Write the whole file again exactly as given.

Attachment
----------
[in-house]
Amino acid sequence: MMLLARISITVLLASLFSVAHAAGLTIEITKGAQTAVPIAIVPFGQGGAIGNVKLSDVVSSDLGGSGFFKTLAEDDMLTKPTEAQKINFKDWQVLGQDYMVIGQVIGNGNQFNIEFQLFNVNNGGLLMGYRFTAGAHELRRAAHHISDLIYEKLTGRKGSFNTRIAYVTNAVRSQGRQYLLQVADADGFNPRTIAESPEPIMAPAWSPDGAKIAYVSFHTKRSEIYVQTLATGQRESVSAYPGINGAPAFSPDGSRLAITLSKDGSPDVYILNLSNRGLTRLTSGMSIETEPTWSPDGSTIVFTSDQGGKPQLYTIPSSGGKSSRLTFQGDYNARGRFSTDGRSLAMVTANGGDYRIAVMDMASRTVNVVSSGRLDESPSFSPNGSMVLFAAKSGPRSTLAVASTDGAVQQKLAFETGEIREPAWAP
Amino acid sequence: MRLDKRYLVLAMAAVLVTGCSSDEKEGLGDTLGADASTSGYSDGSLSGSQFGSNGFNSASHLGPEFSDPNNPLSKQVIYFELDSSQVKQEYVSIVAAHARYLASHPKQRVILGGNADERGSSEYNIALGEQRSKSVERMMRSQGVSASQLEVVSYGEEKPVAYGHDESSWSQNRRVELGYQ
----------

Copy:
[in-house]
Amino acid sequence: MMLLARISITVLLASLFSVAHAAGLTIEITKGAQTAVPIAIVPFGQGGAIGNVKLSDVVSSDLGGSGFFKTLAEDDMLTKPTEAQKINFKDWQVLGQDYMVIGQVIGNGNQFNIEFQLFNVNNGGLLMGYRFTAGAHELRRAAHHISDLIYEKLTGRKGSFNTRIAYVTNAVRSQGRQYLLQVADADGFNPRTIAESPEPIMAPAWSPDGAKIAYVSFHTKRSEIYVQTLATGQRESVSAYPGINGAPAFSPDGSRLAITLSKDGSPDVYILNLSNRGLTRLTSGMSIETEPTWSPDGSTIVFTSDQGGKPQLYTIPSSGGKSSRLTFQGDYNARGRFSTDGRSLAMVTANGGDYRIAVMDMASRTVNVVSSGRLDESPSFSPNGSMVLFAAKSGPRSTLAVASTDGAVQQKLAFETGEIREPAWAP
Amino acid sequence: MRLDKRYLVLAMAAVLVTGCSSDEKEGLGDTLGADASTSGYSDGSLSGSQFGSNGFNSASHLGPEFSDPNNPLSKQVIYFELDSSQVKQEYVSIVAAHARYLASHPKQRVILGGNADERGSSEYNIALGEQRSKSVERMMRSQGVSASQLEVVSYGEEKPVAYGHDESSWSQNRRVELGYQ